For real action and excitement, look no further than the orchestra pit
If you find, during an opera performance, that you’re paying more attention to what’s happening in the pit than to the action on stage, it’s normally down to one of two things: the singers and production are particularly awful, or the orchestra is particularly exceptional. In the case of Sunday’s Glyndebourne performance of Rinaldo, it was the latter.
I’d always known that the Orchestra of the Age of Enlightenment were one of the finest period bands around. But on Sunday, under the energetic leadership of Ottavio Dantone, I realised just how good they really are. It wasn’t just their supreme musicianship, in both accompanying and soloist roles, that impressed – although I have to mention here the recorder trio during Almirena’s opening aria, particularly the sopranino player who fairly flew around her instrument. Nor was it just their ability to play so utterly in synchronicity that the violin section positively sounded as one. And nor was it just Elizabeth Kenny, whose vivacious theorbo playing constantly drew my ear. No, it was more than that: a beautifully understated, refined sound, always in tune, always just right dynamically, always giving what was called for at the right moment. And under Dantone, they seemed injected by real energy and commitment – cue admiring glances among themselves during the maestro’s flamboyant harpsichord extemporisations.
On stage, it was rather more varied. Sonia Prina’s Rinaldo was convincing, vocally and physically – her manly demeanour was unwavering! – but I didn’t much care for the timbre of her voice. Sandrine Piau’s replacement, Anett Fritsch, was a touching Almirena, her “Lascia ch’io pianga” a real highlight. And I particularly enjoyed Luca Pisaroni’s menacing Argante, Tim Mead’s Eustazio and Varduhi Abrahamyan’s Goffredo. The new production by Robert Carsen set the opera in a modern-day classroom, which on the whole worked pretty well. It was a clever idea to have the heroes advancing towards the enemy through a chemistry laboratory filled with Bunsen burners complete with firework explosions, and the final battle – played out in the school playground as a football match – was hilarious for all the right reasons.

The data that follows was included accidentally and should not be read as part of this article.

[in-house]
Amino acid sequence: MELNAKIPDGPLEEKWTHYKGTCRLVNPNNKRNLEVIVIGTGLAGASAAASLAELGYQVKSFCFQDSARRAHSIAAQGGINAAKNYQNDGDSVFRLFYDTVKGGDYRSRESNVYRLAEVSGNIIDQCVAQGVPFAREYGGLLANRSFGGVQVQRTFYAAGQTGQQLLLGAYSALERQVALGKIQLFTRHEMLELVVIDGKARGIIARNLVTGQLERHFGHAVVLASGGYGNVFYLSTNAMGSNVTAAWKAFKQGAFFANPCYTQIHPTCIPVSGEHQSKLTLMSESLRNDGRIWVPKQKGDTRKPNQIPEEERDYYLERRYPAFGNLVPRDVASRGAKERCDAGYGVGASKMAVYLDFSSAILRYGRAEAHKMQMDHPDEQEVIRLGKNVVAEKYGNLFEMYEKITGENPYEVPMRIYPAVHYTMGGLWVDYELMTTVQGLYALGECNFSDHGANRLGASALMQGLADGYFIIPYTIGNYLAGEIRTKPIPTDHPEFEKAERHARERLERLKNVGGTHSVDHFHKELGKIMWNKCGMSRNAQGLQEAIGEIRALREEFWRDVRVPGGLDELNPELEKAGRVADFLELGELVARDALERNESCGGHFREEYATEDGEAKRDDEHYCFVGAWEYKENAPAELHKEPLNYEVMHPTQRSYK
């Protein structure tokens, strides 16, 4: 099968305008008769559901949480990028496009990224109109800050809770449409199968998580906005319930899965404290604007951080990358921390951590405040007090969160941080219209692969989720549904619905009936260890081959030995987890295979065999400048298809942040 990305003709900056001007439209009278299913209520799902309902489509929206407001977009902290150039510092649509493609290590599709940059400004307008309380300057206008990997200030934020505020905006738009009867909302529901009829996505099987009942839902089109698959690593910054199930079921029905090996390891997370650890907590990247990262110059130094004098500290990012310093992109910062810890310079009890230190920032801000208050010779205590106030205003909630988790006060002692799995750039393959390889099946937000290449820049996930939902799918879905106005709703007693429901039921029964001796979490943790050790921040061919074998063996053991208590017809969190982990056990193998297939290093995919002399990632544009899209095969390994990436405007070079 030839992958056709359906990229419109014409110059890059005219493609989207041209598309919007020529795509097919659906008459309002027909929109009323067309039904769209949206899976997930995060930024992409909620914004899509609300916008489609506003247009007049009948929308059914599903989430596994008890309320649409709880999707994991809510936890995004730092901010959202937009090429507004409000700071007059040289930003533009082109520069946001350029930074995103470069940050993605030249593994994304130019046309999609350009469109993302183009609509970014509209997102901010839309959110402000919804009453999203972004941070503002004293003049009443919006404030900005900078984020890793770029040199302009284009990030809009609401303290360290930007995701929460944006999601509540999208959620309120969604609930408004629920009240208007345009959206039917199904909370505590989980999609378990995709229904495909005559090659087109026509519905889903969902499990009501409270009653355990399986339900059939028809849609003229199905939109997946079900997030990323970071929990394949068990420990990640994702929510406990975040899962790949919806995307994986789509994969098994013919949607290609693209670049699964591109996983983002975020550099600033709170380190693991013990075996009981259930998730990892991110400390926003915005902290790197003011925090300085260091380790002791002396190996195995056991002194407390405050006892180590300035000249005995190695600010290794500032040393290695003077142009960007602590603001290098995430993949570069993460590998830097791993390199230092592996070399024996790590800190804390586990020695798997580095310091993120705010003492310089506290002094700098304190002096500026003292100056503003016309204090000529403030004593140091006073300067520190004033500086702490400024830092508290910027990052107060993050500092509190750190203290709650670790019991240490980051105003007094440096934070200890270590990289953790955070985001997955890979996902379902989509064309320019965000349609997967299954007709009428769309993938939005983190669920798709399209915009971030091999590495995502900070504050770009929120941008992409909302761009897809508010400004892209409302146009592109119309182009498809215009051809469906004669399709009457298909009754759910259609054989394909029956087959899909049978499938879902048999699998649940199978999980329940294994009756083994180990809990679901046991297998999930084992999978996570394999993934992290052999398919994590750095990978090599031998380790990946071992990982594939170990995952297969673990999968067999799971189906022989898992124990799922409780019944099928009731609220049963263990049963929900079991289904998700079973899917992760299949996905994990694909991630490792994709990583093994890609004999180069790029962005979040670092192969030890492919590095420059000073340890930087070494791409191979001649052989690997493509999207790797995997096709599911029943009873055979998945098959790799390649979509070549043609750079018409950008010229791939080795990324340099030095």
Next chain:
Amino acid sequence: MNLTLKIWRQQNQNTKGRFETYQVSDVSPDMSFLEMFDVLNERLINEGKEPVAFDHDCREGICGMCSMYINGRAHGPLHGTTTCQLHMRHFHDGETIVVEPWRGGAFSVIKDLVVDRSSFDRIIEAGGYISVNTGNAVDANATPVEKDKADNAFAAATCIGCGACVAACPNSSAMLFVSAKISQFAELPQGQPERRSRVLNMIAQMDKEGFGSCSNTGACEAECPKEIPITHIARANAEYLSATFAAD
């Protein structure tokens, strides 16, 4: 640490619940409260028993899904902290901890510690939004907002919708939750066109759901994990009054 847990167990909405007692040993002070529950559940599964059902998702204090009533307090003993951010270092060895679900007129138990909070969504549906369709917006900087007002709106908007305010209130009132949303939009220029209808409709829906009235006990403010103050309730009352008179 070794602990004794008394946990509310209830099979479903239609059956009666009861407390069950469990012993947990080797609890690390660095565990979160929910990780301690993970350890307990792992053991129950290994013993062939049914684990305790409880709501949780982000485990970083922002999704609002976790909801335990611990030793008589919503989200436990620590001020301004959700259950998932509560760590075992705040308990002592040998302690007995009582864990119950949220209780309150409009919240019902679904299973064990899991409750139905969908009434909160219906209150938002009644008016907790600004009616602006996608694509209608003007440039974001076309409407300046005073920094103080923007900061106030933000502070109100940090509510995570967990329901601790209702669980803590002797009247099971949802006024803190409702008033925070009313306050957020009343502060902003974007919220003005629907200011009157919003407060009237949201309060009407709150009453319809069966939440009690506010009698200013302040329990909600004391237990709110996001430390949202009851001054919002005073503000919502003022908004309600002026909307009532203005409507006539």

Other scenes seemed static in comparison, though, and I longed for some visual colour amid all the grey school uniforms. But during any dull moment, I only had to look to the pit for excitement aplenty – and, judging from the audience’s reaction when the orchestra rose to their feet at the end, I wasn’t alone in thinking that the orchestra, not the singers, were the stars of this show.
Sarah Kirkup is deputy editor of Gramophone. She plays flute and piano, and sings with her local church choir. Sarah is a fan of ballet and contemporary dance, and attends as many productions - particularly at Covent Garden - as she can.